Boston College physicists recently discovered an undetectable particle called the axial Higgins mode. (Image Credit: Nature)
Physicists at Boston College discovered a new particle, otherwise called “quantum excitation,” that could ultimately define the universe’s dark matter. In their paper, the team says this discovery is a magnetic offspring of the axial Higgs mode, known as the mass-defining Higgs boson. While the Higgs boson discovery involved using the Large Hadron Cauldron (LHC), this latest finding came from a “tabletop experiment” at room temperature.
The axial Higgs boson features a magnetic moment, magnetic strength, or orientation to generate a magnetic field, which makes it different from the Higgs boson. Therefore, it has a more complex theory to best explain it compared to the non-magnetic type. Scientists use high-powered lasers and massive magnets to smash various particles together, producing the Higgs boson. Meanwhile, the axial Higgs boson was discovered when room-temperature quantum materials replicated the axial Higgs mode. This particle was observed via light scattering.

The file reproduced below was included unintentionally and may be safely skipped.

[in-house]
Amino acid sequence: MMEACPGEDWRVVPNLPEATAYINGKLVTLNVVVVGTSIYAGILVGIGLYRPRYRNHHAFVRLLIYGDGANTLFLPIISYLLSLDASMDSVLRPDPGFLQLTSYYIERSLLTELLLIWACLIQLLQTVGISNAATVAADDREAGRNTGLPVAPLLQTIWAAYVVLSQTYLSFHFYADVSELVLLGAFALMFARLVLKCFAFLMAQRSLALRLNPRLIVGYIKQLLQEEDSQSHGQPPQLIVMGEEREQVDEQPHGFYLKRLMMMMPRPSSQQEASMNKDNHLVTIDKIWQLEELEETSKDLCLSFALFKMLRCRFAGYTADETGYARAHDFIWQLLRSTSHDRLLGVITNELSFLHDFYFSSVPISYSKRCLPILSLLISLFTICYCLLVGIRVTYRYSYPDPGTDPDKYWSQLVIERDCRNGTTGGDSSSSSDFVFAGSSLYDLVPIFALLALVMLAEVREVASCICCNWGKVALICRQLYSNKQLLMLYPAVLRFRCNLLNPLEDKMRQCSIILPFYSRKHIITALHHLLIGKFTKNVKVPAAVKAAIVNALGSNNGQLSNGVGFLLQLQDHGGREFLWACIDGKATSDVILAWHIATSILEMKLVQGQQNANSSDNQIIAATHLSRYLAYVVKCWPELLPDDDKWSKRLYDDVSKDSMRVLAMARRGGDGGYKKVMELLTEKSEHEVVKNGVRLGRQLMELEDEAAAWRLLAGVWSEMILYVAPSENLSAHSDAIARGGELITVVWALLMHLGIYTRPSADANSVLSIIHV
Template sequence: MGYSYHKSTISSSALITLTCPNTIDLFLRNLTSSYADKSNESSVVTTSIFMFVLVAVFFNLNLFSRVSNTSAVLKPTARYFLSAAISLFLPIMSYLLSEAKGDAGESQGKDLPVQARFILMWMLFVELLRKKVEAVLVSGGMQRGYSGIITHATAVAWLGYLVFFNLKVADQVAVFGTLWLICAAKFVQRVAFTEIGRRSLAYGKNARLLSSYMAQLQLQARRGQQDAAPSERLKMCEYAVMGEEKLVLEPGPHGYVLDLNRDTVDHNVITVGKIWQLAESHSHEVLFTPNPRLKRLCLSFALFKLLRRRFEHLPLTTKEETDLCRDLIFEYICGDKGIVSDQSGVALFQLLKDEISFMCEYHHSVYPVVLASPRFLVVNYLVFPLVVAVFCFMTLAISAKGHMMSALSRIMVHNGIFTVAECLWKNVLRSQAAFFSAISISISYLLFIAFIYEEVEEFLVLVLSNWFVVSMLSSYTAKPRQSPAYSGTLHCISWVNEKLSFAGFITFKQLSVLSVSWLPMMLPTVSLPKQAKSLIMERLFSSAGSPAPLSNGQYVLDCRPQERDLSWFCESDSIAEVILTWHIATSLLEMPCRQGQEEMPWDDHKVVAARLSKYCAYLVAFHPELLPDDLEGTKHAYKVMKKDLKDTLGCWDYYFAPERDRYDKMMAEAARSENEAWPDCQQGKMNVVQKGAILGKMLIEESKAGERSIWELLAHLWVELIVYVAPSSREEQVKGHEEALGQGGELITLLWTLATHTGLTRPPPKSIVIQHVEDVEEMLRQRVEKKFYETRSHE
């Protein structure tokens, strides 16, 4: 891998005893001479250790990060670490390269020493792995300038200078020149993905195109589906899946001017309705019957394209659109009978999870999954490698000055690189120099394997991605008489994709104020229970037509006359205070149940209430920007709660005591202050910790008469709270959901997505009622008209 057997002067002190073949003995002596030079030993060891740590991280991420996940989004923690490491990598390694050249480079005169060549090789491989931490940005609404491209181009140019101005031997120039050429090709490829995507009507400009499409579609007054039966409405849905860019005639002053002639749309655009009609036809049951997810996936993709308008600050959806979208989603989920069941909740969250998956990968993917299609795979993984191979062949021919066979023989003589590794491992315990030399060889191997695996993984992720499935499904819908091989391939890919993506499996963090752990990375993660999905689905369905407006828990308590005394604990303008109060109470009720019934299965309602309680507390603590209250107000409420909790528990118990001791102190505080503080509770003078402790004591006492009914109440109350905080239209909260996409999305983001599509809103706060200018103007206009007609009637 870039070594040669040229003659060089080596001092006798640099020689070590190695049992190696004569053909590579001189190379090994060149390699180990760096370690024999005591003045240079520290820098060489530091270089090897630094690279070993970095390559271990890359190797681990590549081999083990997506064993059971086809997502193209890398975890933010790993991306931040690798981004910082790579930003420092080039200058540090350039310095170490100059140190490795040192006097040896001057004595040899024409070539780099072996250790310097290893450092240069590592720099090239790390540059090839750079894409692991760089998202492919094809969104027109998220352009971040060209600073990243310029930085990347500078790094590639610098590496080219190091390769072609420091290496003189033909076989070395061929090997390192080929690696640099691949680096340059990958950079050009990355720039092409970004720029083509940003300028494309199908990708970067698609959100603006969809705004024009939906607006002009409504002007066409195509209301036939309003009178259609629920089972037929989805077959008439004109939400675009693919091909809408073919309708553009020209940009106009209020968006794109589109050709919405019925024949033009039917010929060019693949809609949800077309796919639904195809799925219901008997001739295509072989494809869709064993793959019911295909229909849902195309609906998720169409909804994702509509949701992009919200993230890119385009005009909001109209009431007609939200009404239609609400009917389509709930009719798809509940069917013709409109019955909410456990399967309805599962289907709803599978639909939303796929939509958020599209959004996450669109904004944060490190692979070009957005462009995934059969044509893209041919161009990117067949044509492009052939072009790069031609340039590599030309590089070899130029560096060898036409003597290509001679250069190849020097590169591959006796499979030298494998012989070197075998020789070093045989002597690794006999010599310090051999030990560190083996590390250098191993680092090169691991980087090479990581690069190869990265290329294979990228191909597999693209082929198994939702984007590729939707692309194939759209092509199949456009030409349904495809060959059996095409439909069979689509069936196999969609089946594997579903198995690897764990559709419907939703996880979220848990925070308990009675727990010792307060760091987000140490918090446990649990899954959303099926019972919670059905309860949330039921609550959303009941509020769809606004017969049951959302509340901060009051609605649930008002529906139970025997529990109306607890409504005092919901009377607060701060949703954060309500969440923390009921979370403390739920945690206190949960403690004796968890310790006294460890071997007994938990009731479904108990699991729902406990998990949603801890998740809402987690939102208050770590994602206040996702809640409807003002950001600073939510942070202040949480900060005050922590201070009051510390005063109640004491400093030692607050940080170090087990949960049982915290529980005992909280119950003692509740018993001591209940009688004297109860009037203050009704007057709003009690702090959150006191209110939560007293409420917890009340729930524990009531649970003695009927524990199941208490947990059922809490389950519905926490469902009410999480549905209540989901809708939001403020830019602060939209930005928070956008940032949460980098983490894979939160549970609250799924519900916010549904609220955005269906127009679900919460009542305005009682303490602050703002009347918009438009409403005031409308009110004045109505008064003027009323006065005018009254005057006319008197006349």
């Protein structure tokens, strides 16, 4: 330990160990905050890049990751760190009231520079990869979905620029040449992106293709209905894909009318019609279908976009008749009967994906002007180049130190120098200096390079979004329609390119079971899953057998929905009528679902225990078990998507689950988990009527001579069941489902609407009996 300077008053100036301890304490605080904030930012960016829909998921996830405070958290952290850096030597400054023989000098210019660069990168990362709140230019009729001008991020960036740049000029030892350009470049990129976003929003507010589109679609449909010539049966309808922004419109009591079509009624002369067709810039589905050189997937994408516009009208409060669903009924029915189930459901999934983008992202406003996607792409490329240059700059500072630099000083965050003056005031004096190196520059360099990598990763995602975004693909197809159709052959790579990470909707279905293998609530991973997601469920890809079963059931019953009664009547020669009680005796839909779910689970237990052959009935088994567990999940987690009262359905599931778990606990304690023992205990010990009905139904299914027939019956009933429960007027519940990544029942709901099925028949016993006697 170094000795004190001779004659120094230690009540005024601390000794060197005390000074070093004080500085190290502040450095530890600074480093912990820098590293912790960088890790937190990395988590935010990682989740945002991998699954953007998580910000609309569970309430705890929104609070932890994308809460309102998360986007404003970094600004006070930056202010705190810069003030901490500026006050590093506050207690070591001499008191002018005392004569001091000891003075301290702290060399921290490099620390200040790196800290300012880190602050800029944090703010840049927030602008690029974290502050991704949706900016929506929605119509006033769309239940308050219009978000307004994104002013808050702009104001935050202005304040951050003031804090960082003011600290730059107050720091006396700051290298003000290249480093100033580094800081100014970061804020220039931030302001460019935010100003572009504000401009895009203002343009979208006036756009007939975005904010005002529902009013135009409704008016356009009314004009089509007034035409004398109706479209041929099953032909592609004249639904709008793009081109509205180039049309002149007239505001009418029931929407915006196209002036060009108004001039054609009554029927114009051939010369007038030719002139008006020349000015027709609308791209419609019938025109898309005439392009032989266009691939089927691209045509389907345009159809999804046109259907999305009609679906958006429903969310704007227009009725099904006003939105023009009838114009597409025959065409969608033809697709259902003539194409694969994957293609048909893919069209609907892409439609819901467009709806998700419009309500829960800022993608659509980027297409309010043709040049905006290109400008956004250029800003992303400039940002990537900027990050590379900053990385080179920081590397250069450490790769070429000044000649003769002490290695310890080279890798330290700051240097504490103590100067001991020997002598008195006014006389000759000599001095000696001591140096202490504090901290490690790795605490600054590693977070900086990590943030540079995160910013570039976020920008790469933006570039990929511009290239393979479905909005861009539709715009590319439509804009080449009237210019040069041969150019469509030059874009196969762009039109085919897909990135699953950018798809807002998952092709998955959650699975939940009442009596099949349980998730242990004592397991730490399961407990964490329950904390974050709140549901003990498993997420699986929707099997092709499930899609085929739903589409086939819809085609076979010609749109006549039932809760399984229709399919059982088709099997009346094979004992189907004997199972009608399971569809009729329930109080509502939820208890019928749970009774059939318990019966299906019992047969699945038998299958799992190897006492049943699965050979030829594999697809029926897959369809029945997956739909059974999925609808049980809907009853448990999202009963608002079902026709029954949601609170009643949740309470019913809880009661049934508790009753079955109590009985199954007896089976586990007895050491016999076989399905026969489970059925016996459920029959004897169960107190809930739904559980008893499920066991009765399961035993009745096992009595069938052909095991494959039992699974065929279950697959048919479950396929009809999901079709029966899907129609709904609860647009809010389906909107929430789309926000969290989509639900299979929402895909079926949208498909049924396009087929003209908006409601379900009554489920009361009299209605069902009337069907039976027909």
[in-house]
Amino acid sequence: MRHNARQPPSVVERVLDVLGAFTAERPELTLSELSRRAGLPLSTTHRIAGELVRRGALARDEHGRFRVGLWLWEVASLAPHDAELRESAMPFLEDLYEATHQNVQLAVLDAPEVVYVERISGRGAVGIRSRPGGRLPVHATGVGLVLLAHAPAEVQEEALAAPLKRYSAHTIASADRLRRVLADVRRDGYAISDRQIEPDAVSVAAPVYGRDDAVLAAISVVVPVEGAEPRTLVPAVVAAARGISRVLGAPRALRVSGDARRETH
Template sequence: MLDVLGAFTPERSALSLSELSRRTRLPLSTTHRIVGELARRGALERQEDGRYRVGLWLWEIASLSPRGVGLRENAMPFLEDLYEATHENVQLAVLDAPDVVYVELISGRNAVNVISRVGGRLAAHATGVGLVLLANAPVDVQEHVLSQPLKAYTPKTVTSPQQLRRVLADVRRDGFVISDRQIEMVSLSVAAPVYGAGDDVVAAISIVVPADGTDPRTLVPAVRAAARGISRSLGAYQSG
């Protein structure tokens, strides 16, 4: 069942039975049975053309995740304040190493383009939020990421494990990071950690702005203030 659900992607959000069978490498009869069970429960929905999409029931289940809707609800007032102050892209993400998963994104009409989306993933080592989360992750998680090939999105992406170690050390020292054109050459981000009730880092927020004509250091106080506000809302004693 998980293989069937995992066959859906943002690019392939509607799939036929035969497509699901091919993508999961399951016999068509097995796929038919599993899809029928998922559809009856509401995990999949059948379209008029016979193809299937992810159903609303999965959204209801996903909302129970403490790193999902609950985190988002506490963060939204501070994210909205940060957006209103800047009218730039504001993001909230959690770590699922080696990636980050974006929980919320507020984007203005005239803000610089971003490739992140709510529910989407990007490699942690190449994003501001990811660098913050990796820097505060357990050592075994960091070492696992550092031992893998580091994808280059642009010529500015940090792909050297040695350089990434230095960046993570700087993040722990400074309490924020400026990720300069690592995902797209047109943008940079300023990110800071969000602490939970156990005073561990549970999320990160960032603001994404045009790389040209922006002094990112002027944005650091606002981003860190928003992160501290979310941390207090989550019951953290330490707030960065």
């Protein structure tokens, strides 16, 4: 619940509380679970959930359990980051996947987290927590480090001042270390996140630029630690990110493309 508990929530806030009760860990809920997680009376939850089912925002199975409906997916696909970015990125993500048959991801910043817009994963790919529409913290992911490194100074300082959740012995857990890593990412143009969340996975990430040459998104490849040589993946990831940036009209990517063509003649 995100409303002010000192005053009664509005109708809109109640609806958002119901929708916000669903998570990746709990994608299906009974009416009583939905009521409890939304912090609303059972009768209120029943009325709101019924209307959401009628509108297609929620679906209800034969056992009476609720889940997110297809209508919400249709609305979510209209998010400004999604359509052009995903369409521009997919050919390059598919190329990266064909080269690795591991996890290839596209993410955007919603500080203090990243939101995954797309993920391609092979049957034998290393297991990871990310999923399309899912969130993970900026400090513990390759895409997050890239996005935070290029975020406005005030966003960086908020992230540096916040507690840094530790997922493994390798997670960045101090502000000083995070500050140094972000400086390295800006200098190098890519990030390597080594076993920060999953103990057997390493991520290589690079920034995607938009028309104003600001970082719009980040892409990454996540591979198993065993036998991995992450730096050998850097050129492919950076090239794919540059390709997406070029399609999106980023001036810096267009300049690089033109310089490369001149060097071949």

The team developed a tabletop optics experiment on a 3.2 x 3.2 feet table and focused on rare-earth tritelluride (RTe3), a quantum material with a highly 2D crystal structure. The RTe3’s electrons organize into a wave where the charge’s density undergoes gradual enhancement or reduction. These charge density waves’ sizes can be adjusted over time to produce the axial Higgs mode.
In their study, the team transmitted a single-colored laser light into the RTe3 crystal, producing the axial Higgs mode. As a result, the light dispersed and changed to a lower frequency color, a process called Raman scattering. Energy loss from the color change produced the axial Higgs mode. Afterward, the team rotated the crystal, discovering the axial Higgs mode can control the electrons’ angular momentum in the material. This means this mode possesses magnetic qualities.
In the past, particle physicists predicted an axial Higgs mode and said it could help explain dark matter. However, this is the first time that the particle has been observed, especially with multiple broken symmetries.
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